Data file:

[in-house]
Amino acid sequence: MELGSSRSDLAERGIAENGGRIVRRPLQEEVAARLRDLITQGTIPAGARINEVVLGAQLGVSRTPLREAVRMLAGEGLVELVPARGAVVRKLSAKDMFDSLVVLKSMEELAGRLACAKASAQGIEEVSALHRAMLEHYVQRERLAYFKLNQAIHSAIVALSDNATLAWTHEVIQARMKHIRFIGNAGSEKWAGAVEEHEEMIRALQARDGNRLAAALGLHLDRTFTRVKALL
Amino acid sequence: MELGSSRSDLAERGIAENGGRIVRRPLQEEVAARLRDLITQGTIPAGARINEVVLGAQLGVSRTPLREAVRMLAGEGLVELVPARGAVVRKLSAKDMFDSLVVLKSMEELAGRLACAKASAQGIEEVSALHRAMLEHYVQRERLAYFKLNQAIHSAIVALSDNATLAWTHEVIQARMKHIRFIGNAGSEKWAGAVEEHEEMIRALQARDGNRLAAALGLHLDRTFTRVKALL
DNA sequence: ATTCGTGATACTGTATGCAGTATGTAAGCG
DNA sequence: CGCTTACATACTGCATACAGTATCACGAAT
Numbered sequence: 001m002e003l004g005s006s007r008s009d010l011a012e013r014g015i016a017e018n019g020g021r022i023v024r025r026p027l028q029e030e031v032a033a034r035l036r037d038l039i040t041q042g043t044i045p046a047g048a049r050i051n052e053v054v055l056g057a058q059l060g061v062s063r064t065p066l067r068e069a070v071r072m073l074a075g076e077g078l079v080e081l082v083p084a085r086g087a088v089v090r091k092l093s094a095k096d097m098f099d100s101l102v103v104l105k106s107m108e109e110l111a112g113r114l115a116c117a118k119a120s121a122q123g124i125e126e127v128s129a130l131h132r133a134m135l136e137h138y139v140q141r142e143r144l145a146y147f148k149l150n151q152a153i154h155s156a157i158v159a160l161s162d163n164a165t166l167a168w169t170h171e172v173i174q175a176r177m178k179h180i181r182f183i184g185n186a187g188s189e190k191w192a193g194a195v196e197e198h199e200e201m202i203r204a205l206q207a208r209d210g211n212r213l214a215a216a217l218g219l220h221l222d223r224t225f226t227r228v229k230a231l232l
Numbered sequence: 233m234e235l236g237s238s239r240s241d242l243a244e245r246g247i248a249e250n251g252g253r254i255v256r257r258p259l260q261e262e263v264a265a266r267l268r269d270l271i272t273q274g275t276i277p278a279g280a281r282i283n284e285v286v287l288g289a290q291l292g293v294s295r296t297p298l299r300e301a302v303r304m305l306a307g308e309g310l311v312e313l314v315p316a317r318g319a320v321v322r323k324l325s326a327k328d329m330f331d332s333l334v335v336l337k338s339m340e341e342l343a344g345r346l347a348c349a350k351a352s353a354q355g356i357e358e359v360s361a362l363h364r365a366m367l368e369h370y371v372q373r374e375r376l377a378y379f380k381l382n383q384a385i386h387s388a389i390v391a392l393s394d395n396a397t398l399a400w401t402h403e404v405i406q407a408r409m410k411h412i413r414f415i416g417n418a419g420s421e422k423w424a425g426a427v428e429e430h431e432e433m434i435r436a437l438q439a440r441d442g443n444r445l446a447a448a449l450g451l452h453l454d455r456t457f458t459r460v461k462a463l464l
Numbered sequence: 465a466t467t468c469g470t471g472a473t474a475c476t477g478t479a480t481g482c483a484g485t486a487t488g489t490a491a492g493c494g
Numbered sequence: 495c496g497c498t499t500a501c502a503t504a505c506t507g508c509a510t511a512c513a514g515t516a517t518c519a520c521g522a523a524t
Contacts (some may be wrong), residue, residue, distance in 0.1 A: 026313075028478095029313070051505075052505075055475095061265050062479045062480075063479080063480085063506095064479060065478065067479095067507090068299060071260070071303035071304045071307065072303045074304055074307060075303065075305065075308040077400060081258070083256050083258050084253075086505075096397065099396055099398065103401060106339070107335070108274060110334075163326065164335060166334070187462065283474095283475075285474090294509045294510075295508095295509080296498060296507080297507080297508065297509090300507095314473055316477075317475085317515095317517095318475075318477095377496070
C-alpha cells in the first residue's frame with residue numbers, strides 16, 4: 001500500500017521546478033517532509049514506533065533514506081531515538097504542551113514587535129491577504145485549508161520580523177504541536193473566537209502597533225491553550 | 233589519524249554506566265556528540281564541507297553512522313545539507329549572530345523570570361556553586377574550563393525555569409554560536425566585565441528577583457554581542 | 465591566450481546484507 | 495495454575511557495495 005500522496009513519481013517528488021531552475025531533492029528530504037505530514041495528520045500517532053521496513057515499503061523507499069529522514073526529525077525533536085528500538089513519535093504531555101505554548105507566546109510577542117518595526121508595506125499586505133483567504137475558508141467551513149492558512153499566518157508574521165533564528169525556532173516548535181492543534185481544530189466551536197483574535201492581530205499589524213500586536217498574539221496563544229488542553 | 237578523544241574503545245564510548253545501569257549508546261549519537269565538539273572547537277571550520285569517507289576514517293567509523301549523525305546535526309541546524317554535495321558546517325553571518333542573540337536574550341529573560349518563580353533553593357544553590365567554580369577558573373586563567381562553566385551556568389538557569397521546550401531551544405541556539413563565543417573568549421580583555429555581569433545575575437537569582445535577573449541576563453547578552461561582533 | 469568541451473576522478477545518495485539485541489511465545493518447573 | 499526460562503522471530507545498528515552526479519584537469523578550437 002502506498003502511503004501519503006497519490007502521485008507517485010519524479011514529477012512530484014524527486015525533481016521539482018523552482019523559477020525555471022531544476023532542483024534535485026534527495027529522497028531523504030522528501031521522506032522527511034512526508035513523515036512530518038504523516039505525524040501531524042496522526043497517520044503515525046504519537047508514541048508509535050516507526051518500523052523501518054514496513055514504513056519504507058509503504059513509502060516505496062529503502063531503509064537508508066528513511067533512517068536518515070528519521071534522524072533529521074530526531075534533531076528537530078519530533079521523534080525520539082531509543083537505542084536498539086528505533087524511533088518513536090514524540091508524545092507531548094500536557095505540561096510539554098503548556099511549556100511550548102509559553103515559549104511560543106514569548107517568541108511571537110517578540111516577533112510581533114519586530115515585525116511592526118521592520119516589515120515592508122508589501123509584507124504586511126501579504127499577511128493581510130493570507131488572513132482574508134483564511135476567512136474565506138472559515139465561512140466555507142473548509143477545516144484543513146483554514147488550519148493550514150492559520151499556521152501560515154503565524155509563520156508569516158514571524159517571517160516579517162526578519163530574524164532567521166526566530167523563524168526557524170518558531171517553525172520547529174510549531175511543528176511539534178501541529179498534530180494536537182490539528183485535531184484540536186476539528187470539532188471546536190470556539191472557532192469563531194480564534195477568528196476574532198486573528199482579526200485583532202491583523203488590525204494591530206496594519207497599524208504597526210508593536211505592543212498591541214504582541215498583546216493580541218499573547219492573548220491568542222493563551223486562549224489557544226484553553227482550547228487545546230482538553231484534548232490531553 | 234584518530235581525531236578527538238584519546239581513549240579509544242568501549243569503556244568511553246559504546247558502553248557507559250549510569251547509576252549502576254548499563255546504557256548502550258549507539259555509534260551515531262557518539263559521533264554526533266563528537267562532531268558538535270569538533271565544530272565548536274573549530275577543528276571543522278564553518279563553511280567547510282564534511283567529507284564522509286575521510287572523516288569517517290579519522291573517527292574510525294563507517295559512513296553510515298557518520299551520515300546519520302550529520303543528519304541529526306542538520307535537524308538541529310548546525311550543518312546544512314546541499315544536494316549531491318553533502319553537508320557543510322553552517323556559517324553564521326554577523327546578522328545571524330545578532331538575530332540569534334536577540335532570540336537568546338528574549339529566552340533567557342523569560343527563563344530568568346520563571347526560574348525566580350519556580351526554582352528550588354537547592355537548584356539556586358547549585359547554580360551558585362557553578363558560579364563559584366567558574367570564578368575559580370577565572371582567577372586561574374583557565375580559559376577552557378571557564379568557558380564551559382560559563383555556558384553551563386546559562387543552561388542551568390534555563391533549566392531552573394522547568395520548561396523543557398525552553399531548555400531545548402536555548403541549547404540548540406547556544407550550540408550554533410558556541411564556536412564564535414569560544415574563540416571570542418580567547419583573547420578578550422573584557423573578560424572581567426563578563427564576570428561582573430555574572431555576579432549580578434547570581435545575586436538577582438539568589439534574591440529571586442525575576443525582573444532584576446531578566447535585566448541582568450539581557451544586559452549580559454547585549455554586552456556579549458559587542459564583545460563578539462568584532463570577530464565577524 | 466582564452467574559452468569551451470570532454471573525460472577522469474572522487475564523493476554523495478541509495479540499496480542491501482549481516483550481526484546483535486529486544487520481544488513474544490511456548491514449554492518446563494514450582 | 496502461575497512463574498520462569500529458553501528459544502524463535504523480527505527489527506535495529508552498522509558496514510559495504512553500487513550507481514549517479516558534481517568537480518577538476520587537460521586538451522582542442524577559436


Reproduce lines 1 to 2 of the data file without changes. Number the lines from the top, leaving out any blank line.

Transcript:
[in-house]
Amino acid sequence: MELGSSRSDLAERGIAENGGRIVRRPLQEEVAARLRDLITQGTIPAGARINEVVLGAQLGVSRTPLREAVRMLAGEGLVELVPARGAVVRKLSAKDMFDSLVVLKSMEELAGRLACAKASAQGIEEVSALHRAMLEHYVQRERLAYFKLNQAIHSAIVALSDNATLAWTHEVIQARMKHIRFIGNAGSEKWAGAVEEHEEMIRALQARDGNRLAAALGLHLDRTFTRVKALL